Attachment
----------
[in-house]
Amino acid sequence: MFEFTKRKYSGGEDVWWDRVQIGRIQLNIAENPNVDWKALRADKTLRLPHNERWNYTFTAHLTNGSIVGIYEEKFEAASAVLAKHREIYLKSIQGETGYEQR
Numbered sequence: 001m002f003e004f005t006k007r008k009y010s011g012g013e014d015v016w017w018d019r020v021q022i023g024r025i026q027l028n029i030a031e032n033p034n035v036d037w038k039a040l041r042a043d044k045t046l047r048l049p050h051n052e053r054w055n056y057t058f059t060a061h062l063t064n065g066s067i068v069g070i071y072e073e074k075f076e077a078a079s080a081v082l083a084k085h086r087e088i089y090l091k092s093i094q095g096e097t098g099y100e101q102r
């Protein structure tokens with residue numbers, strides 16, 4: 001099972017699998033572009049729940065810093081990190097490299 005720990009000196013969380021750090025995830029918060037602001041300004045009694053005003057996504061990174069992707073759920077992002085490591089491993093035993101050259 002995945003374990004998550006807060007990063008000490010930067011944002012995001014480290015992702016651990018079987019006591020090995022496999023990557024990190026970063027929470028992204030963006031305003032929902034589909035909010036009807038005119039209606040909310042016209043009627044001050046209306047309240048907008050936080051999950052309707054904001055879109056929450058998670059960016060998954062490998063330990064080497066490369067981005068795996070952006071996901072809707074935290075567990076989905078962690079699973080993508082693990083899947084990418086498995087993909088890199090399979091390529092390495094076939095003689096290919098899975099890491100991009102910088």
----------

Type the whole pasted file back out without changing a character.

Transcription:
[in-house]
Amino acid sequence: MFEFTKRKYSGGEDVWWDRVQIGRIQLNIAENPNVDWKALRADKTLRLPHNERWNYTFTAHLTNGSIVGIYEEKFEAASAVLAKHREIYLKSIQGETGYEQR
Numbered sequence: 001m002f003e004f005t006k007r008k009y010s011g012g013e014d015v016w017w018d019r020v021q022i023g024r025i026q027l028n029i030a031e032n033p034n035v036d037w038k039a040l041r042a043d044k045t046l047r048l049p050h051n052e053r054w055n056y057t058f059t060a061h062l063t064n065g066s067i068v069g070i071y072e073e074k075f076e077a078a079s080a081v082l083a084k085h086r087e088i089y090l091k092s093i094q095g096e097t098g099y100e101q102r
């Protein structure tokens with residue numbers, strides 16, 4: 001099972017699998033572009049729940065810093081990190097490299 005720990009000196013969380021750090025995830029918060037602001041300004045009694053005003057996504061990174069992707073759920077992002085490591089491993093035993101050259 002995945003374990004998550006807060007990063008000490010930067011944002012995001014480290015992702016651990018079987019006591020090995022496999023990557024990190026970063027929470028992204030963006031305003032929902034589909035909010036009807038005119039209606040909310042016209043009627044001050046209306047309240048907008050936080051999950052309707054904001055879109056929450058998670059960016060998954062490998063330990064080497066490369067981005068795996070952006071996901072809707074935290075567990076989905078962690079699973080993508082693990083899947084990418086498995087993909088890199090399979091390529092390495094076939095003689096290919098899975099890491100991009102910088």